“A People’s History of Randolph Co., WV”
Imagine how it used to be.
All that remains now are stones and ghosts. You can’t
look at the old topographical maps and see
the places where the miners used to live
even the names of the settlements are missing:
Jeff Scotts, Laurel, Roaring Creek Junction.
If you go there today,
bush-whack through briers and joe-pye.
You will have to
dig into the ground to find anything
to prove that people ever even lived here.
To prove that people ever even lived here,
dig into the ground. To find anything
you will have to
bush-whack through briers and joe-pye
if you go there today.
Jeff Scotts, Laurel, Roaring Creek Junction:
even the names of the settlements are missing,
the places where the miners used to live.
Look at the old topographical maps and see:
all that remains now are stones and ghosts. You can’t
imagine how it used to be.
~ first published in "Kestrel"
“The Back Yard by Twilight”
These are the hours I love the best,
when the golden light of summer has climbed
to the top of the abandoned building next door
and all of the neighborhood
cats have come out from the woodpile
beneath the back porch to carouse and fight
and the cicadas and katydids
and grey tree frogs begin advertising
in the cacophonous personals section of the woodlot
and the dog can no longer
find his tennis ball in the tall grass
at the edge of the woods
and the scent of citronella wafts across the crabgrass
and mingles with the smell of the deep fryer
from the restaurant down the hill
and the air grows heavy and moist
and the sound of the traffic on the
four-lane highway takes on a veiled quality
and the mind cast back to houses left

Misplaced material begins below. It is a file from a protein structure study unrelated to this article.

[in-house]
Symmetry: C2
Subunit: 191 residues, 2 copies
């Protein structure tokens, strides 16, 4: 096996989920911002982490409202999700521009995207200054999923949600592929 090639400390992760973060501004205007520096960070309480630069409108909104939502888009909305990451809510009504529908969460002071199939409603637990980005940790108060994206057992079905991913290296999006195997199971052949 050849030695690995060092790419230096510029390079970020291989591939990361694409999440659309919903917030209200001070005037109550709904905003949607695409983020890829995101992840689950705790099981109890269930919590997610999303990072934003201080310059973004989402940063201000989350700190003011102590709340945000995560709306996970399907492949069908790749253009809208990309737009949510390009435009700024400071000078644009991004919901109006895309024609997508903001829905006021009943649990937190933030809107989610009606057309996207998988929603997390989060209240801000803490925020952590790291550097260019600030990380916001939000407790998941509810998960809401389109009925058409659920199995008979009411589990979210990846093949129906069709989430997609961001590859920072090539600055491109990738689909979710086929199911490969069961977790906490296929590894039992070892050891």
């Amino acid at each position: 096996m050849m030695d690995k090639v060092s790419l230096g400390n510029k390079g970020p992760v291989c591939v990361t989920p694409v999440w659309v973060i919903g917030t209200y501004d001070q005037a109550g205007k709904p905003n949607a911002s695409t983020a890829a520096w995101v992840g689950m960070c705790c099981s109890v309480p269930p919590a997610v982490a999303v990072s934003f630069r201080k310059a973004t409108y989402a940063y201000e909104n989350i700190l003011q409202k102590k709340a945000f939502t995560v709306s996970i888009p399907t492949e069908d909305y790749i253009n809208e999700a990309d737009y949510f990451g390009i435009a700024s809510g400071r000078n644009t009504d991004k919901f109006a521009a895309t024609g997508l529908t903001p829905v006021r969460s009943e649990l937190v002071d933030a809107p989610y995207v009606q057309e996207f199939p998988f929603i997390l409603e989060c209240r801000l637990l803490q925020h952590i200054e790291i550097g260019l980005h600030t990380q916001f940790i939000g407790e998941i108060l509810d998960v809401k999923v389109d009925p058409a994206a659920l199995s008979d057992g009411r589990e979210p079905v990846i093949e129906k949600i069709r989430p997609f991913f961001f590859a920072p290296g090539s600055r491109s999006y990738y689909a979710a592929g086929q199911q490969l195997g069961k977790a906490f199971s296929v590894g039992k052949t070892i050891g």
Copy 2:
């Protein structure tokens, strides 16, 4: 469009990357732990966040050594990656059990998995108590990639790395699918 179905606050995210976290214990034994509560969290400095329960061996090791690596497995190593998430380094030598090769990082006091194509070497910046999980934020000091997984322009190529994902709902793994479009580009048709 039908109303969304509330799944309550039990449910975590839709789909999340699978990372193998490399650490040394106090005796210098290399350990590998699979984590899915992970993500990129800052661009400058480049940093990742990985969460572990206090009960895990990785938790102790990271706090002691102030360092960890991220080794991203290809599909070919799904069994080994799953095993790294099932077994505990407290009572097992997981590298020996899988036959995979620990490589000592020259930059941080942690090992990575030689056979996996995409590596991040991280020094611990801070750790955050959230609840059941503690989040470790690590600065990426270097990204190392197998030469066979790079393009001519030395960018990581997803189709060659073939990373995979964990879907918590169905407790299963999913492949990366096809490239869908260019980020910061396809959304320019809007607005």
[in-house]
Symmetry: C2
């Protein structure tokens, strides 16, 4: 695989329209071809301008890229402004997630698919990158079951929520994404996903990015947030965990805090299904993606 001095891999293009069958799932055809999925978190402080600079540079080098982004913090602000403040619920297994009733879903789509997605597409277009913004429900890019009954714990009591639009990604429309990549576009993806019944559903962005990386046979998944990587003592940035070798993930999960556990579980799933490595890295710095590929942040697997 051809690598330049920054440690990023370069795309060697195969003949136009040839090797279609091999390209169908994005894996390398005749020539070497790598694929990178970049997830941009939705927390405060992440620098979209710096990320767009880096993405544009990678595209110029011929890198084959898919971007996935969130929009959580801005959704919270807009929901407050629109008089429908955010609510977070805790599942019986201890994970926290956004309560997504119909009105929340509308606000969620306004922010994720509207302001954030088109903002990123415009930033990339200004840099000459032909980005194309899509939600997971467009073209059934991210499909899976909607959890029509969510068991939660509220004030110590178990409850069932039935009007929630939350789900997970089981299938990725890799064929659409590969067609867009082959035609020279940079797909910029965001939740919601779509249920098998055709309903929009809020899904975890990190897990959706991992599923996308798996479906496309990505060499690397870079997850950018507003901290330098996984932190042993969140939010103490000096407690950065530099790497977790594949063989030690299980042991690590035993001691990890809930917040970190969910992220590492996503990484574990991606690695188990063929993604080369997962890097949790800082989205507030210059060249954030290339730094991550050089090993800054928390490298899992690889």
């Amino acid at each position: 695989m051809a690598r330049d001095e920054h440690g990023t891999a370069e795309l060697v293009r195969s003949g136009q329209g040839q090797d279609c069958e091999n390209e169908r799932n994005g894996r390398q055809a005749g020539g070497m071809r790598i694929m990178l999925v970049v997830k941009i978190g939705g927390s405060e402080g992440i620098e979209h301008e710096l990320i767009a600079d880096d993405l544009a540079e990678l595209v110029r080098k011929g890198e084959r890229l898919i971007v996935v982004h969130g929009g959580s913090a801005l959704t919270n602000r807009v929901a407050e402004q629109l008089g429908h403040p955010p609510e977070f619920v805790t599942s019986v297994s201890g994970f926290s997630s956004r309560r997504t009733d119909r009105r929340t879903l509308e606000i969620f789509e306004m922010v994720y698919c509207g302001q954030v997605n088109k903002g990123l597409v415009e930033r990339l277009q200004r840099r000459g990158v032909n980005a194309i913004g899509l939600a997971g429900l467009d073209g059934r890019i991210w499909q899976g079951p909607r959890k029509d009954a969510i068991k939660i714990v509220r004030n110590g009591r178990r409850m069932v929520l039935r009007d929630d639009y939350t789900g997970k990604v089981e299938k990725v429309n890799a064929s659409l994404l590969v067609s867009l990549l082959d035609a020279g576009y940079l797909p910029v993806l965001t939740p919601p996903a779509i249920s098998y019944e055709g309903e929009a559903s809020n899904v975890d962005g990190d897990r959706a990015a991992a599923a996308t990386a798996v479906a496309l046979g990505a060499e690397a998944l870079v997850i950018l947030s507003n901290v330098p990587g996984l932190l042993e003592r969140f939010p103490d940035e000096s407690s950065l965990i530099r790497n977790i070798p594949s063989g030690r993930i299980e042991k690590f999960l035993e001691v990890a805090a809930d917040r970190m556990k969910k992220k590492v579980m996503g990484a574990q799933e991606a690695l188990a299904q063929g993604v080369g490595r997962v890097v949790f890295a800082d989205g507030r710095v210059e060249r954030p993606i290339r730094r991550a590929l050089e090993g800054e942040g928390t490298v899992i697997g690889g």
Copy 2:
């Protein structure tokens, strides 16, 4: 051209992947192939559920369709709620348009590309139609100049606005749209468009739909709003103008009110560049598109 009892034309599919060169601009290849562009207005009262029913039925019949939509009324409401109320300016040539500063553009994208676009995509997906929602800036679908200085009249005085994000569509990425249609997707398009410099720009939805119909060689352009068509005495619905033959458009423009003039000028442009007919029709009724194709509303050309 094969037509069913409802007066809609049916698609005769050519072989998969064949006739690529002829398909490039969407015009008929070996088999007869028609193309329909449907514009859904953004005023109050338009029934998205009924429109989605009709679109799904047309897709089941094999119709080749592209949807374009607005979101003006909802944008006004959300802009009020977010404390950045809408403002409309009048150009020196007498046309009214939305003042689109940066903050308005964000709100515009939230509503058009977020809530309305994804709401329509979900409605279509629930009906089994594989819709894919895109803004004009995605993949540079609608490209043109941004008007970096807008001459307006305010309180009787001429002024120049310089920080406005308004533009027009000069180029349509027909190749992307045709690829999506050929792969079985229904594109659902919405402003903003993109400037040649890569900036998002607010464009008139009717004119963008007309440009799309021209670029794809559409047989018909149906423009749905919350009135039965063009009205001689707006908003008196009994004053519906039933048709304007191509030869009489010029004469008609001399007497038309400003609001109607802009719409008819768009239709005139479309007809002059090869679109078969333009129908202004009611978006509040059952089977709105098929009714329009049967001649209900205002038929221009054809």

and wives divorced
and favorite uncles gone to ashes
and the blue-white of the sun
is reflected in a satellite’s
long aching arc across the sky
and the windows open
and the box fan comes on
and the neighbor’s dogs catch the scent
of something toothy and wild
and set themselves about sounding the alarm
and the faint bruised smell of a skunk
seems to arrive at just the same time
as the fireflies
and the early windfall apples
fall without any wind at all.
~ first published in "Ecotone"
I returned today to a childhood place, a deep-water hole
along the lower reaches of Roaring Creek. The stream
was as it has always been for as long as I can remember:
window-pane clear, emerald green, braided beneath rhododendron
and feathery hemlock, totally bereft of life. Go there
tomorrow, wade in to your knees. Wince
at the corporeal cold of water that remembers
last winter’s snowfall. Reach in to your elbows,
hand the heat in your fingers and feet to the stream.
Turn all the rocks in its lumpy bed, all of them –
you won’t find a single minnow or hellgrammite,
not a crawdad nor mayfly or caddisfly larva. The surface
hasn’t been dimpled by the feet of water-striders
for over eighty years, and the deep green holes that harbored
lunker brook trout hold only waterlogged branches
and quartz pebbles stained pale orange with rust.
Topo maps tell the tale: the headwaters of this and every stream
in the quadrangle rise in old strip mines, fractured earth
oozing acid drainage into creek beds
like a biblical curse promising nothing
will ever grow here again. It’s here I learned to swim,
the water leaving my skin feeling soapy and smelling
like a coffee can full of odd nails and bolts.
Why has it never occurred to me until now what was ruined here,
and what will never return, and how angry I ought be?
~ first published in "Appalachian Journal"